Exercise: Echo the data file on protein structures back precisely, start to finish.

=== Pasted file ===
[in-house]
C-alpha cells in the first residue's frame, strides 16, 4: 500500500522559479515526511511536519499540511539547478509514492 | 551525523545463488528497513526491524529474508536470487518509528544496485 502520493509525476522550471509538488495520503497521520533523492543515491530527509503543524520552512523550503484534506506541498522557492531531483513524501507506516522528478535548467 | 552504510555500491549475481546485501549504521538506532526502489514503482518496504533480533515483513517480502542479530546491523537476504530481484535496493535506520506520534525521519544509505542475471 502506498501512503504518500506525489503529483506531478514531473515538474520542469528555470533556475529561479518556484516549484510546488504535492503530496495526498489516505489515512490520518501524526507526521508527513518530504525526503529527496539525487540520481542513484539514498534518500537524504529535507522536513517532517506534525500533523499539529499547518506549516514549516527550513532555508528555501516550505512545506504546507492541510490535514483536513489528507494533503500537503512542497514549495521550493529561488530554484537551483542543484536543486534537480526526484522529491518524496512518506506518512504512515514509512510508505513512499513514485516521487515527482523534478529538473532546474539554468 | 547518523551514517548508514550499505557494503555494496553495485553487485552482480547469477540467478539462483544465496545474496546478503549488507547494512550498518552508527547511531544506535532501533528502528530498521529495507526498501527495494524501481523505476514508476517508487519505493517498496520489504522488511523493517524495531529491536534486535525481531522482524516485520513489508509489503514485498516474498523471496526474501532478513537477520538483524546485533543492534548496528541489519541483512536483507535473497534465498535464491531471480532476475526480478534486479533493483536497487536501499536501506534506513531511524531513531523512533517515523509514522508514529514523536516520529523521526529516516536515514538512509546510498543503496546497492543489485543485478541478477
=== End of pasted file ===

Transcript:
[in-house]
C-alpha cells in the first residue's frame, strides 16, 4: 500500500522559479515526511511536519499540511539547478509514492 | 551525523545463488528497513526491524529474508536470487518509528544496485 502520493509525476522550471509538488495520503497521520533523492543515491530527509503543524520552512523550503484534506506541498522557492531531483513524501507506516522528478535548467 | 552504510555500491549475481546485501549504521538506532526502489514503482518496504533480533515483513517480502542479530546491523537476504530481484535496493535506520506520534525521519544509505542475471 502506498501512503504518500506525489503529483506531478514531473515538474520542469528555470533556475529561479518556484516549484510546488504535492503530496495526498489516505489515512490520518501524526507526521508527513518530504525526503529527496539525487540520481542513484539514498534518500537524504529535507522536513517532517506534525500533523499539529499547518506549516514549516527550513532555508528555501516550505512545506504546507492541510490535514483536513489528507494533503500537503512542497514549495521550493529561488530554484537551483542543484536543486534537480526526484522529491518524496512518506506518512504512515514509512510508505513512499513514485516521487515527482523534478529538473532546474539554468 | 547518523551514517548508514550499505557494503555494496553495485553487485552482480547469477540467478539462483544465496545474496546478503549488507547494512550498518552508527547511531544506535532501533528502528530498521529495507526498501527495494524501481523505476514508476517508487519505493517498496520489504522488511523493517524495531529491536534486535525481531522482524516485520513489508509489503514485498516474498523471496526474501532478513537477520538483524546485533543492534548496528541489519541483512536483507535473497534465498535464491531471480532476475526480478534486479533493483536497487536501499536501506534506513531511524531513531523512533517515523509514522508514529514523536516520529523521526529516516536515514538512509546510498543503496546497492543489485543485478541478477